Are ear plaques better left alone?

Efforts to remove these wart-like growths are likely to do more harm than good.
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Efforts to remove these wart-like growths are likely to do more harm than good.

If you find small, white, crusty spots in your horse’s ears, resist the urge to pick or scrape them off. These wart-like growths are nothing to worry about and your efforts to remove them are likely to do more harm than good.

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The growths are most likely aural plaques, also known as papillary acanthoma or ear papillomas. They are caused by one of several strains of papilloma virus spread by flies. Typically, both ears are affected, and while the pale, crusty patches may look unpleasant, they usually don’t cause the horse discomfort.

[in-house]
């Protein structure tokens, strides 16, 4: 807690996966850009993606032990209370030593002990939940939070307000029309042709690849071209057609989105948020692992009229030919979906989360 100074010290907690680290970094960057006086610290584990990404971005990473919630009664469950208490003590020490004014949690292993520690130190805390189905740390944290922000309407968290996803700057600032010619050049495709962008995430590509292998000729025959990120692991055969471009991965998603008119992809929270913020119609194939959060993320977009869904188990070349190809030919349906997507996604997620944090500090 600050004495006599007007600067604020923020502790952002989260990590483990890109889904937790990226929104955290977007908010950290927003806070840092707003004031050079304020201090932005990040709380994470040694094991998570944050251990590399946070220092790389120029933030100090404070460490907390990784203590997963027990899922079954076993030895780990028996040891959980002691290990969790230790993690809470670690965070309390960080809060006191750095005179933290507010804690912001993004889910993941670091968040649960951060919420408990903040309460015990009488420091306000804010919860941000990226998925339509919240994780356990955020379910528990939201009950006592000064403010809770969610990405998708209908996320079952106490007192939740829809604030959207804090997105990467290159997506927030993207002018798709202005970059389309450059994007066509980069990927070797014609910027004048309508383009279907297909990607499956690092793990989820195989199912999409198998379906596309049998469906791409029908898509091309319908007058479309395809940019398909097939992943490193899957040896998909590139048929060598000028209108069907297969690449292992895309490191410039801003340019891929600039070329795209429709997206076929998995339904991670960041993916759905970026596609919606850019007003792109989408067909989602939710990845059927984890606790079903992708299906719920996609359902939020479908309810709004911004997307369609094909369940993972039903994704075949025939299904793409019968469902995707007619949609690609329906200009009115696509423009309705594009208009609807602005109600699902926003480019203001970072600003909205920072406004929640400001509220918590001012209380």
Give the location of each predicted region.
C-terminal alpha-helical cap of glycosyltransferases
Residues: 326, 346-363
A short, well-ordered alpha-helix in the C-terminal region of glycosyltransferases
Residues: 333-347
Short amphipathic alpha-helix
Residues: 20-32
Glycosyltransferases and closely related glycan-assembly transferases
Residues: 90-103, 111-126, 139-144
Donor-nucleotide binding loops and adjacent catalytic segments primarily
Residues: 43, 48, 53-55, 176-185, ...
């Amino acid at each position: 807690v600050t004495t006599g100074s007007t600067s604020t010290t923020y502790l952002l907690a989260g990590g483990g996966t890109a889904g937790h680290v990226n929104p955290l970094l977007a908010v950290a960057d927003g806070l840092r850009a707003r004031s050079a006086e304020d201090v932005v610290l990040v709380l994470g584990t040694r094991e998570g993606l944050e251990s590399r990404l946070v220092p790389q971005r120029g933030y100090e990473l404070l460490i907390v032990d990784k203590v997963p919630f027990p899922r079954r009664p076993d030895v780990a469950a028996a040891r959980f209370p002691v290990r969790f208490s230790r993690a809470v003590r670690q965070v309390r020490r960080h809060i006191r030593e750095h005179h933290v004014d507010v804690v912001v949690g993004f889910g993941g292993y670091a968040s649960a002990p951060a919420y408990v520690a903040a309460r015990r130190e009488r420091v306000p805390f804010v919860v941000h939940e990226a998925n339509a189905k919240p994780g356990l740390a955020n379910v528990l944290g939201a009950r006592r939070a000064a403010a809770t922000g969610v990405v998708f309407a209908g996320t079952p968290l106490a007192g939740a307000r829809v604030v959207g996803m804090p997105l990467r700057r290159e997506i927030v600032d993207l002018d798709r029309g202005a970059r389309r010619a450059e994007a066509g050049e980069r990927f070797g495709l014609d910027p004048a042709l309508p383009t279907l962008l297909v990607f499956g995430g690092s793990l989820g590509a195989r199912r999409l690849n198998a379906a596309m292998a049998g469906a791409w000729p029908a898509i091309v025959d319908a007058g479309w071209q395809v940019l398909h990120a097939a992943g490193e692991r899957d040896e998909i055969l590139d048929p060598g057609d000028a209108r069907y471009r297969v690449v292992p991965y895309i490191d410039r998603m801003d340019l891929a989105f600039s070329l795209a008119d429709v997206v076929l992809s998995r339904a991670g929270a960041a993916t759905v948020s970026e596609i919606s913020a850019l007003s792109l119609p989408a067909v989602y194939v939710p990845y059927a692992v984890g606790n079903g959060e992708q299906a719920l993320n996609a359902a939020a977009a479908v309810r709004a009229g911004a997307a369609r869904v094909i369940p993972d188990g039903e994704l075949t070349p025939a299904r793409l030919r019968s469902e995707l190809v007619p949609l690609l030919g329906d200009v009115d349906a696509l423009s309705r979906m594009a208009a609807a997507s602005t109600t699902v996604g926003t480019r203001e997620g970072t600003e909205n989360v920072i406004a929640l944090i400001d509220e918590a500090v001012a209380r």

On the other hand, attempts to scrape away these crusts will likely be painful for your horse and may end up making him head shy. What’s more, if you manage to remove the plaques, they will probably just return.

If, however, the plaques crack and bleed, or if they seem to bother your horse, ask your veterinarian how the situation can be managed. Fitting your horse with ear covers when insects are most active may prevent the spread of plaques and keep them from becoming irritated. In addition, covering the growths with soothing cream, such as zinc oxide, may reduce discomfort. Your veterinarian may recommend using the topical immune-modulating medication imiquimod, but this treatment protocol is labor-intensive and expensive, so it’s typically reserved for extreme cases.

This article first appeared in EQUUS issue #464, May 2016.